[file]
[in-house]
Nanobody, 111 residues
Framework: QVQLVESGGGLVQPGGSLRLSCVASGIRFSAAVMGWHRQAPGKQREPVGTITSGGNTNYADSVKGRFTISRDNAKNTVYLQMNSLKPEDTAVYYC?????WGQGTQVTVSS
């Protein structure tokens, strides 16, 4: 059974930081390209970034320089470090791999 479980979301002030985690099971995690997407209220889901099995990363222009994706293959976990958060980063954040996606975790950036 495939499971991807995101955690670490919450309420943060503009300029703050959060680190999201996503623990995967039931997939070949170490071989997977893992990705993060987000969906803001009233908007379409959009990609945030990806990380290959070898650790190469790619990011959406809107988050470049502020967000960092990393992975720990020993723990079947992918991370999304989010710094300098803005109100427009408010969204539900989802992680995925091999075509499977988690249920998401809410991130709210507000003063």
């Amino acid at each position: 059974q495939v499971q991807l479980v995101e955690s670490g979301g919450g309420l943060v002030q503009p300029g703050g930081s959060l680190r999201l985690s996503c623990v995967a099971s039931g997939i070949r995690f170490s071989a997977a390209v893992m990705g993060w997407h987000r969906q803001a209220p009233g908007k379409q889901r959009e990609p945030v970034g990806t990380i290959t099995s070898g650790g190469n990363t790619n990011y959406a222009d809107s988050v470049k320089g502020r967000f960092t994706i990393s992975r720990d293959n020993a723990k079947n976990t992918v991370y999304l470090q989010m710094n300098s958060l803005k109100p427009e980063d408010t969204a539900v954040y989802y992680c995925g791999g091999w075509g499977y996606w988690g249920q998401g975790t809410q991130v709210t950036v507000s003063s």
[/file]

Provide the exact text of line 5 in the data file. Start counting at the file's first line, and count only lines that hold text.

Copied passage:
């Amino acid at each position: 059974q495939v499971q991807l479980v995101e955690s670490g979301g919450g309420l943060v002030q503009p300029g703050g930081s959060l680190r999201l985690s996503c623990v995967a099971s039931g997939i070949r995690f170490s071989a997977a390209v893992m990705g993060w997407h987000r969906q803001a209220p009233g908007k379409q889901r959009e990609p945030v970034g990806t990380i290959t099995s070898g650790g190469n990363t790619n990011y959406a222009d809107s988050v470049k320089g502020r967000f960092t994706i990393s992975r720990d293959n020993a723990k079947n976990t992918v991370y999304l470090q989010m710094n300098s958060l803005k109100p427009e980063d408010t969204a539900v954040y989802y992680c995925g791999g091999w075509g499977y996606w988690g249920q998401g975790t809410q991130v709210t950036v507000s003063s």